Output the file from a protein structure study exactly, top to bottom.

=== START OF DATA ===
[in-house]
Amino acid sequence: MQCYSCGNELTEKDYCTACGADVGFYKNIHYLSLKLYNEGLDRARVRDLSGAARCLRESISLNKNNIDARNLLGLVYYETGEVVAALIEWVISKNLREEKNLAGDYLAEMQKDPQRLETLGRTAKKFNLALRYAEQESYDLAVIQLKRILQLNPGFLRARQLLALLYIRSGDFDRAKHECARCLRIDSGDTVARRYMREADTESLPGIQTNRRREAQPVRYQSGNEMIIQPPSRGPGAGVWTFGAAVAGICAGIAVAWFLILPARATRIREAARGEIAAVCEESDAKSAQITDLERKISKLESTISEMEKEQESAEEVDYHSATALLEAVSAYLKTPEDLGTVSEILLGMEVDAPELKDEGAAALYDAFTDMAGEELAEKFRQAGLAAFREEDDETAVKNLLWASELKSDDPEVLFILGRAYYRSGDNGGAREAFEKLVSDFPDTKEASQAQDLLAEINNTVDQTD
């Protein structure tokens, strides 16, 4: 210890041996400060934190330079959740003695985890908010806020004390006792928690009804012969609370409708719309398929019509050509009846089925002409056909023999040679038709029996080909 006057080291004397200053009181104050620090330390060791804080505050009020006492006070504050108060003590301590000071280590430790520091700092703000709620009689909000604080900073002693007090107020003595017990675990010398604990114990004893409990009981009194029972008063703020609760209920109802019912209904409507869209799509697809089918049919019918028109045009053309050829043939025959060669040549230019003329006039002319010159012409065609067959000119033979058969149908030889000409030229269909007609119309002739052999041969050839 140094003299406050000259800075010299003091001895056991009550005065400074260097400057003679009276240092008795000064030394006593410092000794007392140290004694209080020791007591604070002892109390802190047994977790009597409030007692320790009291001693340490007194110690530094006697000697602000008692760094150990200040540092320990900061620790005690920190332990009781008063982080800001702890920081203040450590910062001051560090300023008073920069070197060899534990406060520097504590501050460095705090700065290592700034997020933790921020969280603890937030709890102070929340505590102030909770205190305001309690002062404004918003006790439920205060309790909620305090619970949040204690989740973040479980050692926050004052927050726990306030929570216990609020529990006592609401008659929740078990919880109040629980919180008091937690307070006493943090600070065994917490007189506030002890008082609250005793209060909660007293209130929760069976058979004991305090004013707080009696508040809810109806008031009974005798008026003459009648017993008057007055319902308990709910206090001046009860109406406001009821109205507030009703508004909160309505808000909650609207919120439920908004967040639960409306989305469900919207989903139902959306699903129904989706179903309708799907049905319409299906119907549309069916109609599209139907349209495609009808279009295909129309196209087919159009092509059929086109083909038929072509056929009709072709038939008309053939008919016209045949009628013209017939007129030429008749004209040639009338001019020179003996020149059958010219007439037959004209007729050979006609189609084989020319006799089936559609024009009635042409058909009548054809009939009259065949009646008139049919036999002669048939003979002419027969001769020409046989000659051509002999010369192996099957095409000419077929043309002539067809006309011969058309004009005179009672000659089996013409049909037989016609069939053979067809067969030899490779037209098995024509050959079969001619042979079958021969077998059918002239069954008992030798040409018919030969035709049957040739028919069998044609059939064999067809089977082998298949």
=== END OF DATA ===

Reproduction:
[in-house]
Amino acid sequence: MQCYSCGNELTEKDYCTACGADVGFYKNIHYLSLKLYNEGLDRARVRDLSGAARCLRESISLNKNNIDARNLLGLVYYETGEVVAALIEWVISKNLREEKNLAGDYLAEMQKDPQRLETLGRTAKKFNLALRYAEQESYDLAVIQLKRILQLNPGFLRARQLLALLYIRSGDFDRAKHECARCLRIDSGDTVARRYMREADTESLPGIQTNRRREAQPVRYQSGNEMIIQPPSRGPGAGVWTFGAAVAGICAGIAVAWFLILPARATRIREAARGEIAAVCEESDAKSAQITDLERKISKLESTISEMEKEQESAEEVDYHSATALLEAVSAYLKTPEDLGTVSEILLGMEVDAPELKDEGAAALYDAFTDMAGEELAEKFRQAGLAAFREEDDETAVKNLLWASELKSDDPEVLFILGRAYYRSGDNGGAREAFEKLVSDFPDTKEASQAQDLLAEINNTVDQTD
């Protein structure tokens, strides 16, 4: 210890041996400060934190330079959740003695985890908010806020004390006792928690009804012969609370409708719309398929019509050509009846089925002409056909023999040679038709029996080909 006057080291004397200053009181104050620090330390060791804080505050009020006492006070504050108060003590301590000071280590430790520091700092703000709620009689909000604080900073002693007090107020003595017990675990010398604990114990004893409990009981009194029972008063703020609760209920109802019912209904409507869209799509697809089918049919019918028109045009053309050829043939025959060669040549230019003329006039002319010159012409065609067959000119033979058969149908030889000409030229269909007609119309002739052999041969050839 140094003299406050000259800075010299003091001895056991009550005065400074260097400057003679009276240092008795000064030394006593410092000794007392140290004694209080020791007591604070002892109390802190047994977790009597409030007692320790009291001693340490007194110690530094006697000697602000008692760094150990200040540092320990900061620790005690920190332990009781008063982080800001702890920081203040450590910062001051560090300023008073920069070197060899534990406060520097504590501050460095705090700065290592700034997020933790921020969280603890937030709890102070929340505590102030909770205190305001309690002062404004918003006790439920205060309790909620305090619970949040204690989740973040479980050692926050004052927050726990306030929570216990609020529990006592609401008659929740078990919880109040629980919180008091937690307070006493943090600070065994917490007189506030002890008082609250005793209060909660007293209130929760069976058979004991305090004013707080009696508040809810109806008031009974005798008026003459009648017993008057007055319902308990709910206090001046009860109406406001009821109205507030009703508004909160309505808000909650609207919120439920908004967040639960409306989305469900919207989903139902959306699903129904989706179903309708799907049905319409299906119907549309069916109609599209139907349209495609009808279009295909129309196209087919159009092509059929086109083909038929072509056929009709072709038939008309053939008919016209045949009628013209017939007129030429008749004209040639009338001019020179003996020149059958010219007439037959004209007729050979006609189609084989020319006799089936559609024009009635042409058909009548054809009939009259065949009646008139049919036999002669048939003979002419027969001769020409046989000659051509002999010369192996099957095409000419077929043309002539067809006309011969058309004009005179009672000659089996013409049909037989016609069939053979067809067969030899490779037209098995024509050959079969001619042979079958021969077998059918002239069954008992030798040409018919030969035709049957040739028919069998044609059939064999067809089977082998298949």